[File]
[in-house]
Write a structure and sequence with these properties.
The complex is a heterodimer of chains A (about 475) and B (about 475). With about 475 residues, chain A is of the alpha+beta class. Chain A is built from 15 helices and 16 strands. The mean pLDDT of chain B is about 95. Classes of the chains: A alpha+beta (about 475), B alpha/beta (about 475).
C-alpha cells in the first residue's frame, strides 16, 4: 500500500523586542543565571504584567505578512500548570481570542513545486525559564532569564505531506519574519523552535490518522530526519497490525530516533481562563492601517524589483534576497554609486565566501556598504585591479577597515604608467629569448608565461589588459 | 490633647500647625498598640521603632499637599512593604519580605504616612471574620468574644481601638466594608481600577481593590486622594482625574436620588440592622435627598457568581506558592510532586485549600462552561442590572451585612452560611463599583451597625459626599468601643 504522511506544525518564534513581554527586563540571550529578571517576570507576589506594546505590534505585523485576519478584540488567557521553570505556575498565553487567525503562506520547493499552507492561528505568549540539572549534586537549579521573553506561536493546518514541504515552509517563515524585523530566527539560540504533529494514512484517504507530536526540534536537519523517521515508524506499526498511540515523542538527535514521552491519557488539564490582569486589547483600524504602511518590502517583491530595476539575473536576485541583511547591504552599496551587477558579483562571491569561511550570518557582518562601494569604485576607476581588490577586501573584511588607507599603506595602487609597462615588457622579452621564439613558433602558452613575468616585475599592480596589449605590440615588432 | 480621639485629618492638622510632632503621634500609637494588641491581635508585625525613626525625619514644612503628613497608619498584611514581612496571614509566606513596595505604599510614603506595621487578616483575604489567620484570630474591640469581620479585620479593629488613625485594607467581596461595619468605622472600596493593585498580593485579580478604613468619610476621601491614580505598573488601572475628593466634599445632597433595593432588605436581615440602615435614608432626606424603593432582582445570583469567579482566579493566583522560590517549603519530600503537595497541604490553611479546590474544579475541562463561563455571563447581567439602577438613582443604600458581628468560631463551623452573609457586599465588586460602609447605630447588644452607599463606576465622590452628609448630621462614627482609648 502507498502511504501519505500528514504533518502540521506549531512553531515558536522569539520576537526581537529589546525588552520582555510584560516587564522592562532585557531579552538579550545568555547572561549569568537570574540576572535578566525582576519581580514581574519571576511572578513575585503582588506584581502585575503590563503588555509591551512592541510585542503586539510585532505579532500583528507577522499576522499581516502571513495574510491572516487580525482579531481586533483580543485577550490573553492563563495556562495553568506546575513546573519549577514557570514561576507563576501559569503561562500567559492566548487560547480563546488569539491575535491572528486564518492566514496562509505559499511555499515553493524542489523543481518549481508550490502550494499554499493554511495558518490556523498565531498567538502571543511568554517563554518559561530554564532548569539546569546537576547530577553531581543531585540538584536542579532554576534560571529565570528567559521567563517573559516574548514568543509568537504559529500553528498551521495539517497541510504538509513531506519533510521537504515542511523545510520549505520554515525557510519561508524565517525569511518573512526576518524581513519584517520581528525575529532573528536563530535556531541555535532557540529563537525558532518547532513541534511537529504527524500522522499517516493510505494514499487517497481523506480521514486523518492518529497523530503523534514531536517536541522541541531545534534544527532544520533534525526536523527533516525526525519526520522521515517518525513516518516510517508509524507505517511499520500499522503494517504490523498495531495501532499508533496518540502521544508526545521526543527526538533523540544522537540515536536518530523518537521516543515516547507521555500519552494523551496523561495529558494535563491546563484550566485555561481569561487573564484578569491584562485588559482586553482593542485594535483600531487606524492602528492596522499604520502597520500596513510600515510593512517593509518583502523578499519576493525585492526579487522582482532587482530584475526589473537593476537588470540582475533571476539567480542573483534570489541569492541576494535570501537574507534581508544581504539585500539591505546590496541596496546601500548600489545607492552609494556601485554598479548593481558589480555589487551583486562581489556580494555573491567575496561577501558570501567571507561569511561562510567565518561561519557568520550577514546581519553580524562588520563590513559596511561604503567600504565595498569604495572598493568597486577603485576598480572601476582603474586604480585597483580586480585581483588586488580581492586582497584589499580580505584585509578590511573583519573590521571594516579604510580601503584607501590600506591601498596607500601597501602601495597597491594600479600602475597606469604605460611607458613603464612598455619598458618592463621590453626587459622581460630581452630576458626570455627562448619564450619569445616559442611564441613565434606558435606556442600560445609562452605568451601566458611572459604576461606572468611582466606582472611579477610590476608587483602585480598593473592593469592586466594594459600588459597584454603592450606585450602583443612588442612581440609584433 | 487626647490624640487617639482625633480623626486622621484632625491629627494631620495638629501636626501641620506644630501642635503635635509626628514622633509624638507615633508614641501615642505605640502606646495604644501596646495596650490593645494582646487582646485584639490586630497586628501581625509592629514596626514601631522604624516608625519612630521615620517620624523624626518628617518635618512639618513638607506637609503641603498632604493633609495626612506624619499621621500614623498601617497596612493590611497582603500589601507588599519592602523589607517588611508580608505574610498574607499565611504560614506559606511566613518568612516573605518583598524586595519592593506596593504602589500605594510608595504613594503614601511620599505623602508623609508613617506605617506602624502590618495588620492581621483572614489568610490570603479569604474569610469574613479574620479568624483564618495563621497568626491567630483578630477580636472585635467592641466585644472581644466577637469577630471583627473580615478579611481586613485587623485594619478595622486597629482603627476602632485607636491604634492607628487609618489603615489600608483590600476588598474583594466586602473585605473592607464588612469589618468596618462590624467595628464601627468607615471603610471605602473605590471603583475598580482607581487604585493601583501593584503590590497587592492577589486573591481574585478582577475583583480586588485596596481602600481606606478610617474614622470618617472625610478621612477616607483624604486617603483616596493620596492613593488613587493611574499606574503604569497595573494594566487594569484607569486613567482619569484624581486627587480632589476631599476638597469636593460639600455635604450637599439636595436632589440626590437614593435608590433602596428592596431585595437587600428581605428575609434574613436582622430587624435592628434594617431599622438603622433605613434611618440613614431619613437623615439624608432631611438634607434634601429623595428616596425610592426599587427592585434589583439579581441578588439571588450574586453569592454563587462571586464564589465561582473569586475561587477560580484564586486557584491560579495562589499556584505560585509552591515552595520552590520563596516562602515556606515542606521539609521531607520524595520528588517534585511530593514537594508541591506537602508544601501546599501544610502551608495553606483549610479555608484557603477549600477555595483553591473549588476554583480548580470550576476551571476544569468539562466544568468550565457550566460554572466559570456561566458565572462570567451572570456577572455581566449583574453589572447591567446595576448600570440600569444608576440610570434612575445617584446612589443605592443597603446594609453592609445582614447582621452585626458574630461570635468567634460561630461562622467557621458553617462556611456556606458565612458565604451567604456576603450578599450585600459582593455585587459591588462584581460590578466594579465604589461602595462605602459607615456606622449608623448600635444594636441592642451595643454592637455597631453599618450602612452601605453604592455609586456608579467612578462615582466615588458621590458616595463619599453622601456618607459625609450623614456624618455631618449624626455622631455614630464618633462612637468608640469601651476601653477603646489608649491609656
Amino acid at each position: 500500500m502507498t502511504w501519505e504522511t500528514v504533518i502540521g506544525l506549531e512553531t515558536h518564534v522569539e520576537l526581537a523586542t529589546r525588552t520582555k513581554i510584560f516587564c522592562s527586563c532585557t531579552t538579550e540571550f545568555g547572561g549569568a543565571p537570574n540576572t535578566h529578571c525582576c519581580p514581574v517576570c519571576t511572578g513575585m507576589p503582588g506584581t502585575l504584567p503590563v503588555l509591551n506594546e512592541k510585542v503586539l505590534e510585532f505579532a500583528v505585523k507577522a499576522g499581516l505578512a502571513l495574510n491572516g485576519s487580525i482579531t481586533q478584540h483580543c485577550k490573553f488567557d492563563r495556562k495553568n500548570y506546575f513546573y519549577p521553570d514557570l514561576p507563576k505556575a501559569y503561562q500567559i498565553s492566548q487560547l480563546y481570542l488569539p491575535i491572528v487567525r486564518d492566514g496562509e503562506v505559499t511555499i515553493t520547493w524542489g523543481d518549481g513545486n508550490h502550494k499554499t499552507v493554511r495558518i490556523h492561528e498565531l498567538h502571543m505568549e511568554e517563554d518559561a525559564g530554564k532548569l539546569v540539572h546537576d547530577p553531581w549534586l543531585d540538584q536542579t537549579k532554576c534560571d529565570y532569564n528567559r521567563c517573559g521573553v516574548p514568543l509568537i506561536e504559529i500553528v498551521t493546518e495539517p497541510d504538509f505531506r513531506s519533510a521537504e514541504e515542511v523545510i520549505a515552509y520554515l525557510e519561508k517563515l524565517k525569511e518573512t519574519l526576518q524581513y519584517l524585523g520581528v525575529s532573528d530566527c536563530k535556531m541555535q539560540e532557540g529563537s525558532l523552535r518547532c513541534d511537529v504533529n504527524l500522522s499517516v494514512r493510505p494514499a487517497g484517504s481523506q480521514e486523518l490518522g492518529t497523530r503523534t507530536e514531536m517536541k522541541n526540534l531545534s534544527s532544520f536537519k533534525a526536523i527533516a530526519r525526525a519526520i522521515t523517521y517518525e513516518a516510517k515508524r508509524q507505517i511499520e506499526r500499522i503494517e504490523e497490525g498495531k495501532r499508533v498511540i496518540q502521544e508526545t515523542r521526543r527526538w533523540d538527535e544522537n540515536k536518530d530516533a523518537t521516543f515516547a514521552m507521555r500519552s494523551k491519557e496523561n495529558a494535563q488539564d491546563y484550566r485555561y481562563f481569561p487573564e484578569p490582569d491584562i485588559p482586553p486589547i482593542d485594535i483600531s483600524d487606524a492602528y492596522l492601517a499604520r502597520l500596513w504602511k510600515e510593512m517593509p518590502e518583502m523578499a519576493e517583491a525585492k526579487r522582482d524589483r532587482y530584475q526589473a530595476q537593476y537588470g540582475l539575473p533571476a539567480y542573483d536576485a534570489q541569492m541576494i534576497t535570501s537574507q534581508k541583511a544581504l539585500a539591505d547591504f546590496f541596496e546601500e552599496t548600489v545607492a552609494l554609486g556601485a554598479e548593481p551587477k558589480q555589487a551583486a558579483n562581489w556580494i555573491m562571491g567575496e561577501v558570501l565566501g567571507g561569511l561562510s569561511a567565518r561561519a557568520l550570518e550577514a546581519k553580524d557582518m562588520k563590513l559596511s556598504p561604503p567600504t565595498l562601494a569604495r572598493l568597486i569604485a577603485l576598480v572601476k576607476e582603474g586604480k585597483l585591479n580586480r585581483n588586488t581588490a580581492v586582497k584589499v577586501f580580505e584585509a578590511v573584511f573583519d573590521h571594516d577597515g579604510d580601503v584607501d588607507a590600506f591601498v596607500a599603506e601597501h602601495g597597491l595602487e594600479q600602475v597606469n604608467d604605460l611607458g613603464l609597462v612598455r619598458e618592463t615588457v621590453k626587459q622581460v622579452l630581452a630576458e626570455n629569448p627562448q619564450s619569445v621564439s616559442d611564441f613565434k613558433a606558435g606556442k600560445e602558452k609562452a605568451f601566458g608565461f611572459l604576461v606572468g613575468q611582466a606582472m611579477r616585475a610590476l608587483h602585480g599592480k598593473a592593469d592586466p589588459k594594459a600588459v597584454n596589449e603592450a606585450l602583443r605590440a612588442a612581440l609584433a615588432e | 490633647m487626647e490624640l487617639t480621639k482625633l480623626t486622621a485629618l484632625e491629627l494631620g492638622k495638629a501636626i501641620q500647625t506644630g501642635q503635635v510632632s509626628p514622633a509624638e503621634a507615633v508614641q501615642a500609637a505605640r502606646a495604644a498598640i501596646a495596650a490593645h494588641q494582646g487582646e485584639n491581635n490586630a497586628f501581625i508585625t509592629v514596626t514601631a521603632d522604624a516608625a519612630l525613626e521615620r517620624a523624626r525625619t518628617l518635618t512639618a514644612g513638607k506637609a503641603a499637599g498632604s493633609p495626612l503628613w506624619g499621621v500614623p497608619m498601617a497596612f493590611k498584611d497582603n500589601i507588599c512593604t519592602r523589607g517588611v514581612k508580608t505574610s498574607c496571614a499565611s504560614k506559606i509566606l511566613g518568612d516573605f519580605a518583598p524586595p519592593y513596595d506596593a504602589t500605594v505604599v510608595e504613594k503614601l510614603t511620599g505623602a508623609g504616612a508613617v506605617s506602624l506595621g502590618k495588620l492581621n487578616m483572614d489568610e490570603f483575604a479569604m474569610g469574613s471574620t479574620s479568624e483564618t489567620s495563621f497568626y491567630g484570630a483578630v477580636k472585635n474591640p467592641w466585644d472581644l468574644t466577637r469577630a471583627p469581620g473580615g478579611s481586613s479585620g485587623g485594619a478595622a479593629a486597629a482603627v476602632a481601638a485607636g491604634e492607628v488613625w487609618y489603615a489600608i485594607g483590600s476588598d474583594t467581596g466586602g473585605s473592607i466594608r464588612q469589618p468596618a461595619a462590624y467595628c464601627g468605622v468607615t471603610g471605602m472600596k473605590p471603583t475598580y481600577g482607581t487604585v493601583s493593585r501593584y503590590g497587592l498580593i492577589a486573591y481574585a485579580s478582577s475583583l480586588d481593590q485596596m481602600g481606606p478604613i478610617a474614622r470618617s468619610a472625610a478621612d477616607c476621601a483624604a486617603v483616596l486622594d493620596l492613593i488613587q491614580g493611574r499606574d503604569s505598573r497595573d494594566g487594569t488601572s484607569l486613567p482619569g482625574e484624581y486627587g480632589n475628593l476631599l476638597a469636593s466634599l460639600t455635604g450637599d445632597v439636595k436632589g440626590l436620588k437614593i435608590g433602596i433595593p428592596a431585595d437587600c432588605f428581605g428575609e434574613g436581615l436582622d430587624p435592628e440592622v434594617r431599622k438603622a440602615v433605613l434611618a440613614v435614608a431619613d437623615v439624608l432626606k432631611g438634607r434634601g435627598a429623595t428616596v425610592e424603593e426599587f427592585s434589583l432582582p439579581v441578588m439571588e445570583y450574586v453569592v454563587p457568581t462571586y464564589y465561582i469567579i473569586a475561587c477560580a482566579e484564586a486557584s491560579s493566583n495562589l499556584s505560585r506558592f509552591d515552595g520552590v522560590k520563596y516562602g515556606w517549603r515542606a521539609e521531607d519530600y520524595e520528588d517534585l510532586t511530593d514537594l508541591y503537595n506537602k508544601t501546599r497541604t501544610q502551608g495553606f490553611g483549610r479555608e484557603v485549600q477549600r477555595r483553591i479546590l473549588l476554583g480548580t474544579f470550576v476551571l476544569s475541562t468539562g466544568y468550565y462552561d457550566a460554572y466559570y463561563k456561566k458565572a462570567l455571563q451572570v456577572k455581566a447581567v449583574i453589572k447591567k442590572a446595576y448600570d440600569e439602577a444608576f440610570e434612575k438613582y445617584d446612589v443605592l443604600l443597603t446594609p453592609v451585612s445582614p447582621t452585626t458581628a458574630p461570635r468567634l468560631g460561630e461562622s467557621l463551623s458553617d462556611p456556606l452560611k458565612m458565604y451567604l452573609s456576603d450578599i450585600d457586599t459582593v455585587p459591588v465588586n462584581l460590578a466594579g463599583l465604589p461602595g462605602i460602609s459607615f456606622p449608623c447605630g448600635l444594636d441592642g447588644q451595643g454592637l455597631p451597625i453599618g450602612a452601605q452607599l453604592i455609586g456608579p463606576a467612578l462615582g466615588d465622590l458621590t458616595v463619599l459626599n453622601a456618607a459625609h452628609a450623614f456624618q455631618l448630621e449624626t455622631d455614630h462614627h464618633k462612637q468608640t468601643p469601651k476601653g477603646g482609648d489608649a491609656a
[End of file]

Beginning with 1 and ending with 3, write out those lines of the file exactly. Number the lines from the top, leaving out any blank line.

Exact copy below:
[in-house]
Write a structure and sequence with these properties.
The complex is a heterodimer of chains A (about 475) and B (about 475). With about 475 residues, chain A is of the alpha+beta class. Chain A is built from 15 helices and 16 strands. The mean pLDDT of chain B is about 95. Classes of the chains: A alpha+beta (about 475), B alpha/beta (about 475).